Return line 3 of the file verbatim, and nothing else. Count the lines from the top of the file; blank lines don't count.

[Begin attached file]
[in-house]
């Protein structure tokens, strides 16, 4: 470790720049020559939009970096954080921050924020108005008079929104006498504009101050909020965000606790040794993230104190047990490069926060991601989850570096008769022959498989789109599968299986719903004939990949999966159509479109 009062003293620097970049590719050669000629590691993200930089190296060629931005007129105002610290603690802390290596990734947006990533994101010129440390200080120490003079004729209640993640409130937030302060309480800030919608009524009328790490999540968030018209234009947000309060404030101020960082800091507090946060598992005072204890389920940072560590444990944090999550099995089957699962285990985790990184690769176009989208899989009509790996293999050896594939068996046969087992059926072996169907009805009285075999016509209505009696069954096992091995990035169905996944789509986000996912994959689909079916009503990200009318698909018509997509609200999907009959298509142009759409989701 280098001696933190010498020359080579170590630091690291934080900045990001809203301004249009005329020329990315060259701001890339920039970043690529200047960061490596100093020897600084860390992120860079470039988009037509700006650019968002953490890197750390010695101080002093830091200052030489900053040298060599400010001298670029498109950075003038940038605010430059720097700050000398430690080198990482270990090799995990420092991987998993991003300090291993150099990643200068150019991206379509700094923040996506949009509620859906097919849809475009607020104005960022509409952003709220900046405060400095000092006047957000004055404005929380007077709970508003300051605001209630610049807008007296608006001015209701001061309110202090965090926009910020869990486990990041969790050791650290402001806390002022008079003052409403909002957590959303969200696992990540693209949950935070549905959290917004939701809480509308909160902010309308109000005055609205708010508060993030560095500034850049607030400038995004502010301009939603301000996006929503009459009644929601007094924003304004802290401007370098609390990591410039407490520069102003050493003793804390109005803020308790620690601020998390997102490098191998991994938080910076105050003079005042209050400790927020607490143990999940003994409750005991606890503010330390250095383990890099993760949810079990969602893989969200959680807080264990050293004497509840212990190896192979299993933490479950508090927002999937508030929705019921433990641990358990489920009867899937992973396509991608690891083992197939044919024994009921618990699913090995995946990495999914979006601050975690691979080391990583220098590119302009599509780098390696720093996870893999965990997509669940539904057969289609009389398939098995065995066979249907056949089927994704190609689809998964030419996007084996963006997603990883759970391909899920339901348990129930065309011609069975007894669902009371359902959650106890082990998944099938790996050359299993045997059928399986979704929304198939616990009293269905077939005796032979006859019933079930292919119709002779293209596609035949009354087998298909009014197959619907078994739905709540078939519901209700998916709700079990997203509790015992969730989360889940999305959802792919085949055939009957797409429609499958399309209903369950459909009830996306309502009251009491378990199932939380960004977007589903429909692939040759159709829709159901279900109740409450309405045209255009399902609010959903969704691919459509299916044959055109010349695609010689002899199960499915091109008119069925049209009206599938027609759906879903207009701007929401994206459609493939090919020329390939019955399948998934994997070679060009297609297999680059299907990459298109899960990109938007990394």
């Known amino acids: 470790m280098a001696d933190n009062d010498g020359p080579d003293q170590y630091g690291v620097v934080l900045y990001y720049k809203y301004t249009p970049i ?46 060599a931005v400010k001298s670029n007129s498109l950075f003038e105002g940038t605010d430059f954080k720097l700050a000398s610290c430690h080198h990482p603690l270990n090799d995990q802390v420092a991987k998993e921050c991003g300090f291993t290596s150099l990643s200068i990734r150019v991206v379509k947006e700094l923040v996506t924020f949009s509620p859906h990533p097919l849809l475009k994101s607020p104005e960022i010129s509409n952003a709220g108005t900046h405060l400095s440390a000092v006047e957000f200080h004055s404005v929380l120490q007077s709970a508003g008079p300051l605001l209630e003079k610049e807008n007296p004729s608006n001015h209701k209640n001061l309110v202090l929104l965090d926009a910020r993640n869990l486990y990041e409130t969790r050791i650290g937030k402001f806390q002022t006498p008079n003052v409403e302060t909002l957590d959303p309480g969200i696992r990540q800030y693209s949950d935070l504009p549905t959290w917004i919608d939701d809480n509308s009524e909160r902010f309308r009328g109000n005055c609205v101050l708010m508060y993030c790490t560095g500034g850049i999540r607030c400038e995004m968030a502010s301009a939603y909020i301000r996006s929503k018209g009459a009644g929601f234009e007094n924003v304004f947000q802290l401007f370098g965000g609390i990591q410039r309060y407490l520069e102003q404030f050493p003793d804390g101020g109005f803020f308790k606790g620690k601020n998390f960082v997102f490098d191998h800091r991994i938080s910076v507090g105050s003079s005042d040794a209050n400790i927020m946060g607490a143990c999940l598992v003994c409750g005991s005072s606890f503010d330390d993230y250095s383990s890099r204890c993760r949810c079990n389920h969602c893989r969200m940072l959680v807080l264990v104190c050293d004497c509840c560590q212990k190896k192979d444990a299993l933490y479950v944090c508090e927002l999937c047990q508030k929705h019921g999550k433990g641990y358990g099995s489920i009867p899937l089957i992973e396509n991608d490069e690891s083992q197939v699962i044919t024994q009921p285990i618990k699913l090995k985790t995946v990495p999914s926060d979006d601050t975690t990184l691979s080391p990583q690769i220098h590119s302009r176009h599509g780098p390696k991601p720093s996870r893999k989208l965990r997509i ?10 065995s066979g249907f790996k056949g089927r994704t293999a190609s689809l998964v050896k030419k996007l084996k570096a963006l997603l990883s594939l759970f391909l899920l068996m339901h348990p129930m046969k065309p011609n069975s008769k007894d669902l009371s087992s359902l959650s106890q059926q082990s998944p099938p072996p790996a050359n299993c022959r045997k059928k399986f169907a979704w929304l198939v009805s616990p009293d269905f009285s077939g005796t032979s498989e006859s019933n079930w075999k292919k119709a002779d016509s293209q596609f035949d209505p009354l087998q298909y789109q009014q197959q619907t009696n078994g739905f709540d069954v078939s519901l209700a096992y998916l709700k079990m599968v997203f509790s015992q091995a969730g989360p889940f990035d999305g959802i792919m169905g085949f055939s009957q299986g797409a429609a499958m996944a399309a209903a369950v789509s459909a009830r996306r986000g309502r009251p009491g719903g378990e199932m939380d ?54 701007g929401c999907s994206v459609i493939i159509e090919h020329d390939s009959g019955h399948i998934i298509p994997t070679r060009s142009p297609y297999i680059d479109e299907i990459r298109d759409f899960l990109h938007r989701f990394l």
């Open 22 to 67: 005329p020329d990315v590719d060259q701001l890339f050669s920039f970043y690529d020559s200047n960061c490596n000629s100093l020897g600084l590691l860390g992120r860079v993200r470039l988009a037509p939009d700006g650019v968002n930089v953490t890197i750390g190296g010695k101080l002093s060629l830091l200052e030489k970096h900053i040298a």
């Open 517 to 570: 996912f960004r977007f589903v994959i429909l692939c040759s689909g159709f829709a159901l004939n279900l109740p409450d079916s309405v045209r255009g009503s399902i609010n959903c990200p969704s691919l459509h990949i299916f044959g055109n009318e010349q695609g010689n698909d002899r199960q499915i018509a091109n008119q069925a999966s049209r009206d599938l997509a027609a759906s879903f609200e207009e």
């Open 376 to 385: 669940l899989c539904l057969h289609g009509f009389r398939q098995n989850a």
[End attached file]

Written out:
């Known amino acids: 470790m280098a001696d933190n009062d010498g020359p080579d003293q170590y630091g690291v620097v934080l900045y990001y720049k809203y301004t249009p970049i ?46 060599a931005v400010k001298s670029n007129s498109l950075f003038e105002g940038t605010d430059f954080k720097l700050a000398s610290c430690h080198h990482p603690l270990n090799d995990q802390v420092a991987k998993e921050c991003g300090f291993t290596s150099l990643s200068i990734r150019v991206v379509k947006e700094l923040v996506t924020f949009s509620p859906h990533p097919l849809l475009k994101s607020p104005e960022i010129s509409n952003a709220g108005t900046h405060l400095s440390a000092v006047e957000f200080h004055s404005v929380l120490q007077s709970a508003g008079p300051l605001l209630e003079k610049e807008n007296p004729s608006n001015h209701k209640n001061l309110v202090l929104l965090d926009a910020r993640n869990l486990y990041e409130t969790r050791i650290g937030k402001f806390q002022t006498p008079n003052v409403e302060t909002l957590d959303p309480g969200i696992r990540q800030y693209s949950d935070l504009p549905t959290w917004i919608d939701d809480n509308s009524e909160r902010f309308r009328g109000n005055c609205v101050l708010m508060y993030c790490t560095g500034g850049i999540r607030c400038e995004m968030a502010s301009a939603y909020i301000r996006s929503k018209g009459a009644g929601f234009e007094n924003v304004f947000q802290l401007f370098g965000g609390i990591q410039r309060y407490l520069e102003q404030f050493p003793d804390g101020g109005f803020f308790k606790g620690k601020n998390f960082v997102f490098d191998h800091r991994i938080s910076v507090g105050s003079s005042d040794a209050n400790i927020m946060g607490a143990c999940l598992v003994c409750g005991s005072s606890f503010d330390d993230y250095s383990s890099r204890c993760r949810c079990n389920h969602c893989r969200m940072l959680v807080l264990v104190c050293d004497c509840c560590q212990k190896k192979d444990a299993l933490y479950v944090c508090e927002l999937c047990q508030k929705h019921g999550k433990g641990y358990g099995s489920i009867p899937l089957i992973e396509n991608d490069e690891s083992q197939v699962i044919t024994q009921p285990i618990k699913l090995k985790t995946v990495p999914s926060d979006d601050t975690t990184l691979s080391p990583q690769i220098h590119s302009r176009h599509g780098p390696k991601p720093s996870r893999k989208l965990r997509i ?10 065995s066979g249907f790996k056949g089927r994704t293999a190609s689809l998964v050896k030419k996007l084996k570096a963006l997603l990883s594939l759970f391909l899920l068996m339901h348990p129930m046969k065309p011609n069975s008769k007894d669902l009371s087992s359902l959650s106890q059926q082990s998944p099938p072996p790996a050359n299993c022959r045997k059928k399986f169907a979704w929304l198939v009805s616990p009293d269905f009285s077939g005796t032979s498989e006859s019933n079930w075999k292919k119709a002779d016509s293209q596609f035949d209505p009354l087998q298909y789109q009014q197959q619907t009696n078994g739905f709540d069954v078939s519901l209700a096992y998916l709700k079990m599968v997203f509790s015992q091995a969730g989360p889940f990035d999305g959802i792919m169905g085949f055939s009957q299986g797409a429609a499958m996944a399309a209903a369950v789509s459909a009830r996306r986000g309502r009251p009491g719903g378990e199932m939380d ?54 701007g929401c999907s994206v459609i493939i159509e090919h020329d390939s009959g019955h399948i998934i298509p994997t070679r060009s142009p297609y297999i680059d479109e299907i990459r298109d759409f899960l990109h938007r989701f990394l």